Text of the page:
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Comparison of the role of property rights in right wing and left wing American and European environmental policy deliberations

Goldstein, Bernard D., Hudak, Juliann M.
Environmental science & policy 2017 v.68 pp. 28-34
European Union, environmental policy, landowners, politics, property rights, United States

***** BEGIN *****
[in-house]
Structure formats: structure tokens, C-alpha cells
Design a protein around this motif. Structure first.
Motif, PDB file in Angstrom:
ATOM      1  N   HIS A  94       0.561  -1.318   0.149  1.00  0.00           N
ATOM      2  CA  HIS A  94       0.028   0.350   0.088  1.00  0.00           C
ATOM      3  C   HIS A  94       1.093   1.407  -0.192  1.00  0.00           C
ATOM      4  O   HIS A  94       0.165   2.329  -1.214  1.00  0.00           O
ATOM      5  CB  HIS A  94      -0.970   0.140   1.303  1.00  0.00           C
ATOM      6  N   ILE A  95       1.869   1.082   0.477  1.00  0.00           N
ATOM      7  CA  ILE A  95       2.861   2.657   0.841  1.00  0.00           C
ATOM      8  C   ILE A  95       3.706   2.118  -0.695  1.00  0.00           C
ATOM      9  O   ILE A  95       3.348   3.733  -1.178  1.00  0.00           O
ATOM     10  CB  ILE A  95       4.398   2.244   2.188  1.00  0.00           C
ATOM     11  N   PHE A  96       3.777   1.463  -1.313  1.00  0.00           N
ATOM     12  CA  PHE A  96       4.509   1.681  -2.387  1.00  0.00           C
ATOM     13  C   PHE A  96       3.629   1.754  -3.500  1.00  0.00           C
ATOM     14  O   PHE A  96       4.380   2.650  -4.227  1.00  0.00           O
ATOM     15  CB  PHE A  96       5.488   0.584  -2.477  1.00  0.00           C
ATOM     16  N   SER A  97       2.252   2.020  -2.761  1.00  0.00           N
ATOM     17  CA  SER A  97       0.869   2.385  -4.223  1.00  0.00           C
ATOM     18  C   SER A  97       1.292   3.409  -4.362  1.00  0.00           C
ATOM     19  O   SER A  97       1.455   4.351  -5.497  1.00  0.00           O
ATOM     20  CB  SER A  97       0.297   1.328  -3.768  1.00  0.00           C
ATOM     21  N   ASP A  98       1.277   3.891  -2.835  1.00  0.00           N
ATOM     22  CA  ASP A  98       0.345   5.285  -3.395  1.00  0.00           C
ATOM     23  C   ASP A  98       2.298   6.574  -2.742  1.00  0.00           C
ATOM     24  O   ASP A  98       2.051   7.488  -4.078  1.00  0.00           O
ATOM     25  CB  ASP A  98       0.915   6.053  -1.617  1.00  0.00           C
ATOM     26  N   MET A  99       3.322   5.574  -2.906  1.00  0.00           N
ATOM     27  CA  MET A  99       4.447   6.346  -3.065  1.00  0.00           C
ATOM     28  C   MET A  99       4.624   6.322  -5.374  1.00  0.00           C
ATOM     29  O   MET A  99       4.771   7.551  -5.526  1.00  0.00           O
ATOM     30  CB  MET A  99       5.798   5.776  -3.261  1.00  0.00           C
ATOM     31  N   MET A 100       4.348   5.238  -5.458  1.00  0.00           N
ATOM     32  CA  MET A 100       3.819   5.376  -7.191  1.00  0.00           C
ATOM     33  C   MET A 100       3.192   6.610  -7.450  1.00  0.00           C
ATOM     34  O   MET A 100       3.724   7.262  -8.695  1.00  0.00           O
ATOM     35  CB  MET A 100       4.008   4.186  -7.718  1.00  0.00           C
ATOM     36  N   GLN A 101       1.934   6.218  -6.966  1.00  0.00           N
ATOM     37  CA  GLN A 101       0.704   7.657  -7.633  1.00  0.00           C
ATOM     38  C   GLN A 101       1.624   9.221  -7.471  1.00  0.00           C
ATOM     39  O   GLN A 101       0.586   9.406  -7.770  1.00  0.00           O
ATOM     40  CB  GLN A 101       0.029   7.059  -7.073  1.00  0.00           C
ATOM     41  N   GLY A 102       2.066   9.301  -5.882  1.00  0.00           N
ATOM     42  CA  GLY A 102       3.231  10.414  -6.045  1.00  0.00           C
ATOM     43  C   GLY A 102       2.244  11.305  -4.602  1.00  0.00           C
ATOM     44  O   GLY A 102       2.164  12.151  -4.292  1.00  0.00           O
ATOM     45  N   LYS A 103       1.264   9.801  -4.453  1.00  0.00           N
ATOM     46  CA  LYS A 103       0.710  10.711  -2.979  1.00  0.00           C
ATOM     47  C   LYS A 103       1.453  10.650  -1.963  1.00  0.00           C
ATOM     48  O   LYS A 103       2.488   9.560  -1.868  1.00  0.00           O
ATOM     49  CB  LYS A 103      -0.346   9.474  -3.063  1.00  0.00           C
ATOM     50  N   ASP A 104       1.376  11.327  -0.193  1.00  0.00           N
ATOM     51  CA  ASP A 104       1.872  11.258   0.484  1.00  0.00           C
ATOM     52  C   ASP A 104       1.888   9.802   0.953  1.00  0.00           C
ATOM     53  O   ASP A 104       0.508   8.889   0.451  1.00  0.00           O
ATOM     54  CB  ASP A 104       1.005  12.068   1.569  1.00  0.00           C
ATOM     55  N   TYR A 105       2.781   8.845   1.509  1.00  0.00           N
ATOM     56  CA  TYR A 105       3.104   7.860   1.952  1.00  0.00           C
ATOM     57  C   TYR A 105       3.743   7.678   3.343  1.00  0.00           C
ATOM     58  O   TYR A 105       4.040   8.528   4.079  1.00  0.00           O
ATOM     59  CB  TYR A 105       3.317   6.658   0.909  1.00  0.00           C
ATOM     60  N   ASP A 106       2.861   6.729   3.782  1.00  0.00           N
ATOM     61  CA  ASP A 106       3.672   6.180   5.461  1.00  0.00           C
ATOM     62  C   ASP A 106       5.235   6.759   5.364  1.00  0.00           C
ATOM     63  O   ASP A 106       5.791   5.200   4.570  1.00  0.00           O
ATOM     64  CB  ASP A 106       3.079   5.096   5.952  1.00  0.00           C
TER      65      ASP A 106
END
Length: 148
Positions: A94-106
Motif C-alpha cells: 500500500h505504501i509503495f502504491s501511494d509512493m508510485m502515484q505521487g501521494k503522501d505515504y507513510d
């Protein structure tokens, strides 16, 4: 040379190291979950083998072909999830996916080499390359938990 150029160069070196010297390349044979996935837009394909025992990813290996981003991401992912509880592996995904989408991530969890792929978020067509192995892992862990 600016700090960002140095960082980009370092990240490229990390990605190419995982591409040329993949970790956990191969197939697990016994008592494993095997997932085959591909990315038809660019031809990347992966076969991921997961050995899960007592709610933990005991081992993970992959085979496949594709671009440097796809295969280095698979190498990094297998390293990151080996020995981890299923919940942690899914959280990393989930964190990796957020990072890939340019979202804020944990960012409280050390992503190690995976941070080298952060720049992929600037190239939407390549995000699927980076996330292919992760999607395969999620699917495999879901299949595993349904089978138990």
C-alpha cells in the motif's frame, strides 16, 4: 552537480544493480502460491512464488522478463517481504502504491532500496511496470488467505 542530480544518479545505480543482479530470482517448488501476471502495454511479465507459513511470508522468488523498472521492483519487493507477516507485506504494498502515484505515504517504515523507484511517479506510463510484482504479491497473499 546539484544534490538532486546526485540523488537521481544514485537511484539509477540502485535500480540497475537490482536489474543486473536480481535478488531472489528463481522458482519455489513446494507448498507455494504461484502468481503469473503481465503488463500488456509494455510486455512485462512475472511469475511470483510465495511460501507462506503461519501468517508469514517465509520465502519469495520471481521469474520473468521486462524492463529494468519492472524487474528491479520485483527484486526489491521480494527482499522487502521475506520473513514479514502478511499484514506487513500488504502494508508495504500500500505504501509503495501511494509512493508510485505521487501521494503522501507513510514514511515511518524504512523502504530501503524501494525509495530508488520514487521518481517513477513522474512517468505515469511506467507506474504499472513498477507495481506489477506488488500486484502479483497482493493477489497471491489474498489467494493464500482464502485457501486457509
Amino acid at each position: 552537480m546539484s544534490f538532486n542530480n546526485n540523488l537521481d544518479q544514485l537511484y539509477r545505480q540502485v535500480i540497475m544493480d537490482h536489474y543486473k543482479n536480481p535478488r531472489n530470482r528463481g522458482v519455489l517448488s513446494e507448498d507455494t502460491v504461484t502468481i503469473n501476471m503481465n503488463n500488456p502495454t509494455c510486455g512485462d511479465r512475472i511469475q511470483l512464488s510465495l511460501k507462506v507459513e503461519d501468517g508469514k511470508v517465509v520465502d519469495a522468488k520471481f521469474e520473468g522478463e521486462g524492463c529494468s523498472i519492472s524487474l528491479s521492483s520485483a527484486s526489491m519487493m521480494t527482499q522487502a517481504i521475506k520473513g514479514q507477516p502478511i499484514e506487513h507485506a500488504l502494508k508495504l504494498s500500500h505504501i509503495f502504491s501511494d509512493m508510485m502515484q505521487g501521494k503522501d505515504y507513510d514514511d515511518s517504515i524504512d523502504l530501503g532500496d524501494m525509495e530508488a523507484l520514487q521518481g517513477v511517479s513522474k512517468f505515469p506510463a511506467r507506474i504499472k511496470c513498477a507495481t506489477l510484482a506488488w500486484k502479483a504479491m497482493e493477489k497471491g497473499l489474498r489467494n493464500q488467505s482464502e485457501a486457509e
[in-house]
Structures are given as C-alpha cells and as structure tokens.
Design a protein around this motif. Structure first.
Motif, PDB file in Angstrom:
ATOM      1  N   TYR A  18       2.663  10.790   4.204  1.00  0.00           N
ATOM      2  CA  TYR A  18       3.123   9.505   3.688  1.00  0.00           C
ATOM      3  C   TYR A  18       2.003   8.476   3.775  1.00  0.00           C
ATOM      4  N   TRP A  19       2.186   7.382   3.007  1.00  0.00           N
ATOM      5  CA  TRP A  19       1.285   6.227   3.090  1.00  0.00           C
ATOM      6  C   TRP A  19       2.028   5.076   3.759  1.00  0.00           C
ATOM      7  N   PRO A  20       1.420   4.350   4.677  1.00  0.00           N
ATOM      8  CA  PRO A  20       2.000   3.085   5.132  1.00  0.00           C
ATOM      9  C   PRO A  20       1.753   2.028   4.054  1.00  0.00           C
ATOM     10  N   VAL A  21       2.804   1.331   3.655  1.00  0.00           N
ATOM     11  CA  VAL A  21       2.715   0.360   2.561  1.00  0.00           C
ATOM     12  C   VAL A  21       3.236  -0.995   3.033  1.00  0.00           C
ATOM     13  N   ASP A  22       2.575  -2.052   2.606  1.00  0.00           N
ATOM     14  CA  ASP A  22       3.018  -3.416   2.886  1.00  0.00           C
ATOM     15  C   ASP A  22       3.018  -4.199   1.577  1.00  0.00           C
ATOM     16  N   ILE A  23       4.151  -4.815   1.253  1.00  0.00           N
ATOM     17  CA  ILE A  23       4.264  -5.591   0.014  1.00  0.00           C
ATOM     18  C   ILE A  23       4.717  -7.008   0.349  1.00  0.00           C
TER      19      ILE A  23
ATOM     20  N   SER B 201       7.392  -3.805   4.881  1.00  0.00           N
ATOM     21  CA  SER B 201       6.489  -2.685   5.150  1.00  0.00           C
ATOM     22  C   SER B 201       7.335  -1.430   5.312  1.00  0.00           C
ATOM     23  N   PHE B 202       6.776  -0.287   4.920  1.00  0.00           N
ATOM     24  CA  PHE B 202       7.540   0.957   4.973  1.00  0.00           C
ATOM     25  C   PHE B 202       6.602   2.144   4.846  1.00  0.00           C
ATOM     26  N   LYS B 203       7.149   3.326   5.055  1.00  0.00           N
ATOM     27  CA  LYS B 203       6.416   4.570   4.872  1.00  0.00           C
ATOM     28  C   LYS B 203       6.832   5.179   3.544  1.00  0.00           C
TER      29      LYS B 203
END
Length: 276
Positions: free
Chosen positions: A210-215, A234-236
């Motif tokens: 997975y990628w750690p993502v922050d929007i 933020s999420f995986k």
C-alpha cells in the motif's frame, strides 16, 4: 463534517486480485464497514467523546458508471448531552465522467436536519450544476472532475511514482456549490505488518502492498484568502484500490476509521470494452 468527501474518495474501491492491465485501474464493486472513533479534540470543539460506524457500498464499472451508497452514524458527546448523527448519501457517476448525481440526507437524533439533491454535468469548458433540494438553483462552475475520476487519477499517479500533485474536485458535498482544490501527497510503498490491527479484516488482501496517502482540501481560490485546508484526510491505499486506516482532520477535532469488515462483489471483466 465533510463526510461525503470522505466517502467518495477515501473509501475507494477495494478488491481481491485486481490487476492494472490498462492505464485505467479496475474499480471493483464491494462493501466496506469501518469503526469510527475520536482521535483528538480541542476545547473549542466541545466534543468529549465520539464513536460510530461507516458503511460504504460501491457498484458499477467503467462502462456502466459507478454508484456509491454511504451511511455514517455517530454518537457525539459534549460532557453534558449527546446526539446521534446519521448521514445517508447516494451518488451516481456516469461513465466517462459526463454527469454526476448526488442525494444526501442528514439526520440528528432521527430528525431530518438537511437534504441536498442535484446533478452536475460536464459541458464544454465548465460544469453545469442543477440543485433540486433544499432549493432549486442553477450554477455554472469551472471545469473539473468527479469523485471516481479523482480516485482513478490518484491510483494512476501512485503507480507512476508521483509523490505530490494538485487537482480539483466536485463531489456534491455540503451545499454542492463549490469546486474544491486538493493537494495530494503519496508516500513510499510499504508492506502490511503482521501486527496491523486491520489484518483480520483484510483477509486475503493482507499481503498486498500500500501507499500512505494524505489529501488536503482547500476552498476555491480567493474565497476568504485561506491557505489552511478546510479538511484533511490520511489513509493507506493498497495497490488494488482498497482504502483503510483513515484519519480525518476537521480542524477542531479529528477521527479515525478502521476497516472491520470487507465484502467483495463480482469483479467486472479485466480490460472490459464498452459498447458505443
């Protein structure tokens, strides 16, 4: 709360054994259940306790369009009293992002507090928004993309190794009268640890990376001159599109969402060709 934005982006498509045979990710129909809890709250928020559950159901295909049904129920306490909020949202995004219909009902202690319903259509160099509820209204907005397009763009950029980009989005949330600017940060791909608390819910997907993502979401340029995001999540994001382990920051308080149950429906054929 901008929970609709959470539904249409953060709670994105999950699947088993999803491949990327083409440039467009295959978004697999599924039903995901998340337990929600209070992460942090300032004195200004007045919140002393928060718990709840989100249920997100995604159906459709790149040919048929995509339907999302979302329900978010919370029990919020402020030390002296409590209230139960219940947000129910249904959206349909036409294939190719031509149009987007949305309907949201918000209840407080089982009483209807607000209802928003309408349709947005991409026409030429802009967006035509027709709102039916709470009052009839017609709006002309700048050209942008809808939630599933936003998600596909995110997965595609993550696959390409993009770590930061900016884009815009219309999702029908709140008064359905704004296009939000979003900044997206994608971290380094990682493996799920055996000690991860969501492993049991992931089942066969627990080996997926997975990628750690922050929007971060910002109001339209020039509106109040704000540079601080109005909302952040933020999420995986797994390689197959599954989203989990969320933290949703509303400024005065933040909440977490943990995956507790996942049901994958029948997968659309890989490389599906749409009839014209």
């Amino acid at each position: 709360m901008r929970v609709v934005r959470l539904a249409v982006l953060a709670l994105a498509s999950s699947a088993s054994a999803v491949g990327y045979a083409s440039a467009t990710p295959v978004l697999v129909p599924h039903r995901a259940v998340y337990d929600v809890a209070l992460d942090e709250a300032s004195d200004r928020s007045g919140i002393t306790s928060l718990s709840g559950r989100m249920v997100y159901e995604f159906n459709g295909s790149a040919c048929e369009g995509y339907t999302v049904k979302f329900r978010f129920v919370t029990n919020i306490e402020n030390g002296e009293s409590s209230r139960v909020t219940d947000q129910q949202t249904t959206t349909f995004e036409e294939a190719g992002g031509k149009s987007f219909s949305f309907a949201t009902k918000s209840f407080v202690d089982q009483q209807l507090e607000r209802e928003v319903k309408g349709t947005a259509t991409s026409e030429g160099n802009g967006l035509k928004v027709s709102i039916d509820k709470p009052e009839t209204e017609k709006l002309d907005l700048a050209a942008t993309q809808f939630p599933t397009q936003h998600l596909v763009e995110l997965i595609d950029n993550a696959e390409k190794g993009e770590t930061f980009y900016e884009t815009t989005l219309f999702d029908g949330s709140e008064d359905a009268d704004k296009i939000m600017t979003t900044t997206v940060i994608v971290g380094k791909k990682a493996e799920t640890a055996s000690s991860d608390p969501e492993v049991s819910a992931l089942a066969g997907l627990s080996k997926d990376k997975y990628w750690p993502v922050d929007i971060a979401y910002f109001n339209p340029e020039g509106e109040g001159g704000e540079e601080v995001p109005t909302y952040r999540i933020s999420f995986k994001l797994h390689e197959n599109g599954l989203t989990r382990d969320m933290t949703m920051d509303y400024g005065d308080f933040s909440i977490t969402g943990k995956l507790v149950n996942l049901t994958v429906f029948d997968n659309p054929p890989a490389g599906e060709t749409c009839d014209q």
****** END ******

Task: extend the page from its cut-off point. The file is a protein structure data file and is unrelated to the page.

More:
Developing effective approaches to increasingly complex global environmental challenges requires understanding and respect for underlying policy differences within and among nations. The defense of property rights against perceived intrusion by governmental authorities has been noted as an environmental policy issue related to specific laws and regulations in the United States, and as a basis for opposition to sustainability. We assessed the extent to which the defense of property rights and opposition to sustainability has become part of mainstream US policy deliberations by evaluating its inclusion within positions of candidates for the presidential nomination of the Republican and Democratic parties and by review of party platforms. We performed a similar review of the positions and platforms of right wing. EU political parties and of positions taken on the Brexit issue. Increasing concern about property rights, including using it as a basis to oppose and overturn sustainability initiatives, was found among the US right wing. This concern was tied to rights granted in the US Constitution and concern about governmental intrusion. In contrast, interference for environmental reasons in the rights of landowners to manage their property does not appear to be a concern of the EU right wing, nor was this issue raised by supporters of Brexit. Although just one of many factors, differences in concern about property rights should be recognized as contributing to EU/US differences in environmental policy.